A REVIEW is now underway on minimum unit pricing (MUP) for alcohol in Scotland after it was delayed by the pandemic.

Scotland became the first country in the world to bring in MUP for alcohol in May 2018, with it currently fixed by the Scottish Government at 50p per unit.

It was brought in in a bid to save lives and reduce hospital admissions.

The move has helped reduce alcohol sales to their lowest since records began, but Scots are still drinking almost a third more than the low-risk drinking guidelines of 14 units per adult, per week.

And with the rate of inflation continuing to rise, there are calls for the 50p per unit limit to be hiked to ensure the desired effect is not subsumed by soaring living costs.

Charity Alcohol Focus Scotland wants to see MUP uprated to at least 65p to ensure it keeps pace with inflation and chief executive Alison Douglas said it should be index-linked going forward. 

Public Health Minister Maree Todd has announced a review into MUP is now underway and should be completed by the end of next year. 

She said: “The introduction of Minimum Unit Pricing (MUP) for alcohol in Scotland has helped reduce alcohol sales to their lowest since records began.  

“I am encouraged by this downward trend in alcohol consumption. However, Scots are still drinking almost 30% more than the low-risk drinking guidelines of 14 units per adult per week.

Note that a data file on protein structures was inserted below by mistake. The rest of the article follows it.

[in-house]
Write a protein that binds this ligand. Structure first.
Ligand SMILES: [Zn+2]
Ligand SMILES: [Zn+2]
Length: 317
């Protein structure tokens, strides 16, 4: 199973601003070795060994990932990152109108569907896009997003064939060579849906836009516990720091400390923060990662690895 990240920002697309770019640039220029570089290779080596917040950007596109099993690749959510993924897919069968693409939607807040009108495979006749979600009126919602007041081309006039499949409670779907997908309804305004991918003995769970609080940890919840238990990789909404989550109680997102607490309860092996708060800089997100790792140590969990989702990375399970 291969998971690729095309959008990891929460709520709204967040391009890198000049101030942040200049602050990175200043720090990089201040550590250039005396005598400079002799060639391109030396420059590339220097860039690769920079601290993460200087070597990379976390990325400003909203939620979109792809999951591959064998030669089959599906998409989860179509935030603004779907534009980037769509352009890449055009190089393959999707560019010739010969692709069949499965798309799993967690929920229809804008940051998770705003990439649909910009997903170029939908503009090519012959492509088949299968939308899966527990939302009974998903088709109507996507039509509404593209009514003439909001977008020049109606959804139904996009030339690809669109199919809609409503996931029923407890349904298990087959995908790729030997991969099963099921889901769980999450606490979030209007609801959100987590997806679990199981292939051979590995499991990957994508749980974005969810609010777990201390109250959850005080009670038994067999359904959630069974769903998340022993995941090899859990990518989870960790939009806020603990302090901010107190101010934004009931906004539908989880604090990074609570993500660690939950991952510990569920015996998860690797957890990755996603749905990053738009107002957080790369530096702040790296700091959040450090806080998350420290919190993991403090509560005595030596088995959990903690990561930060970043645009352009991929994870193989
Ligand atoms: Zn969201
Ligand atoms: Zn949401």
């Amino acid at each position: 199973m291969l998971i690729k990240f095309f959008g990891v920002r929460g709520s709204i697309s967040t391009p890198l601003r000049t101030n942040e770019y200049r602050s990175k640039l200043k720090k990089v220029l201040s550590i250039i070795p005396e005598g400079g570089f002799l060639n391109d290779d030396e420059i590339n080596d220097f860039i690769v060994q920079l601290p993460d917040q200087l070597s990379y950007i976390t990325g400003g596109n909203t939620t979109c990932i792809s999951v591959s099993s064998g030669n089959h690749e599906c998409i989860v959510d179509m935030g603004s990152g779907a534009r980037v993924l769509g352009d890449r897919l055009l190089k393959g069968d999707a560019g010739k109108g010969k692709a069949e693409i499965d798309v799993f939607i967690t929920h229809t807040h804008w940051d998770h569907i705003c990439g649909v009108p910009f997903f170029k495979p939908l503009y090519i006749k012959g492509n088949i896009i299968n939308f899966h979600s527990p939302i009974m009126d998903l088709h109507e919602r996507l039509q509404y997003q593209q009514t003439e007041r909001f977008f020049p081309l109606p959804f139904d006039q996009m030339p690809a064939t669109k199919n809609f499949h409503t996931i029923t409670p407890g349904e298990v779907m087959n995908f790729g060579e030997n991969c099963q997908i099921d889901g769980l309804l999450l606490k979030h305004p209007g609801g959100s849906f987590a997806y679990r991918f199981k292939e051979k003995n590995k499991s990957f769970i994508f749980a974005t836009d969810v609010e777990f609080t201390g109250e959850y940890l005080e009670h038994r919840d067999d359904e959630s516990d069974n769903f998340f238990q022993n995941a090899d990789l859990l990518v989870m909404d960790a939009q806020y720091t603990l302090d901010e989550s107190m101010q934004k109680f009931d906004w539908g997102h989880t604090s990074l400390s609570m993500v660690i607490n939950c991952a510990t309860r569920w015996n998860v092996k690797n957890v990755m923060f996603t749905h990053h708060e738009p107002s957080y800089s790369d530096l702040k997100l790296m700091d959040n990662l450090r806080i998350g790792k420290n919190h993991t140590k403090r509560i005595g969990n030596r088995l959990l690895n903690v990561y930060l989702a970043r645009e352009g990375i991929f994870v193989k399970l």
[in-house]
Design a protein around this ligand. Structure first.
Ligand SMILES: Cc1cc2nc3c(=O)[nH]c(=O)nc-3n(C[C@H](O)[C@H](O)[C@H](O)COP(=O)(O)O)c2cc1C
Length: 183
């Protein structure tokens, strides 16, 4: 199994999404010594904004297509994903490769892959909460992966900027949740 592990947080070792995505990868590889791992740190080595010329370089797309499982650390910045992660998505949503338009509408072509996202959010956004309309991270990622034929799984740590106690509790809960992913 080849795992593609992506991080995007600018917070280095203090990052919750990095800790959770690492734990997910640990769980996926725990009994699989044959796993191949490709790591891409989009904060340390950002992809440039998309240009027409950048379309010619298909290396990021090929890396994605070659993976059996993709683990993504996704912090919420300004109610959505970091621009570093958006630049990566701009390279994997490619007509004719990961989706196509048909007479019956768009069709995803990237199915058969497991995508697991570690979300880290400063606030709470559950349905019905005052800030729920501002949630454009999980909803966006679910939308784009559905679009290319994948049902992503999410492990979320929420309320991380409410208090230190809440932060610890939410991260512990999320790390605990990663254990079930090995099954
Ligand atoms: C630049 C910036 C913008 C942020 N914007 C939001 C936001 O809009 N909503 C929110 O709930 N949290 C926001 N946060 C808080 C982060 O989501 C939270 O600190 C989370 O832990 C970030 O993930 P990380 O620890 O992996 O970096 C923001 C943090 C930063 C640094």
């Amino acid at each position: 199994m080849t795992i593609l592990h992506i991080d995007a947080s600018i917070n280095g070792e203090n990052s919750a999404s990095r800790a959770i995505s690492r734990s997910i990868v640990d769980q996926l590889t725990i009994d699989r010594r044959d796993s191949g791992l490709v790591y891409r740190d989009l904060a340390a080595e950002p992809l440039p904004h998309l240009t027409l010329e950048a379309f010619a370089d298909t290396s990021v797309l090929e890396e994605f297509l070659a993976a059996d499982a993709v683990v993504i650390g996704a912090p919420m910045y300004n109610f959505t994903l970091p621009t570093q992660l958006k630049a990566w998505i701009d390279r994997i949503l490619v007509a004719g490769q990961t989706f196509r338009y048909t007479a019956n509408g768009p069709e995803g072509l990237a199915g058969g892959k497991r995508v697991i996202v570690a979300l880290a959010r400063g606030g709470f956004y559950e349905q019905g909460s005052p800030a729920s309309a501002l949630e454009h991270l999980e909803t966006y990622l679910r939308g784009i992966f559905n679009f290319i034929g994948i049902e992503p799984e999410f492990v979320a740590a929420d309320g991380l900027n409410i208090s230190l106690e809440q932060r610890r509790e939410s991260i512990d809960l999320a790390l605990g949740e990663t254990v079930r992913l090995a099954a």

READ MORE: Scottish Tory MPs back Boris Johnson's plan to rip up Northern Ireland Protocol

“A review of the current level of 50p per unit was delayed by the pandemic. This extensive exercise is now underway and I can confirm that it will be completed in late 2023.

“It is intended that any new price would come into effect from May 1, 2024, subject to parliamentary scrutiny and approval.”

Research showing that sales of alcohol in Scotland fell by almost 8% after the introduction of minimum pricing was hailed as “powerful, real-world evidence” of the success of the policy last month.

The National: Maree ToddMaree Todd

It was found alcohol sales in Scotland fell by 7.7% after the policy was brought in, when compared with the north-east of England.

In Wales, which introduced minimum pricing almost two years after Scotland in March last year, there was an 8.6% decrease in sales when compared with the west of England.

The research, led by Newcastle University and published in The Lancet Public Health, found: “For both Scotland and Wales, reductions in overall purchases of alcohol were largely restricted to households that bought the most alcohol.”

READ MORE: Theresa May says 'not legal' NI Protocol Bill will 'diminish' UK reputation

It concluded MUP “is an effective alcohol policy option to reduce off-trade purchases of alcohol and should be widely considered”.

Todd has also previously said she found the current levels of alcohol promotion “deeply troubling” and wants to reduce the attractiveness of booze.

She said a consultation on a number of proposals to limit alcohol advertising in Scotland would take place in the autumn.

However, key powers over TV and radio remain in the hands of the UK Government.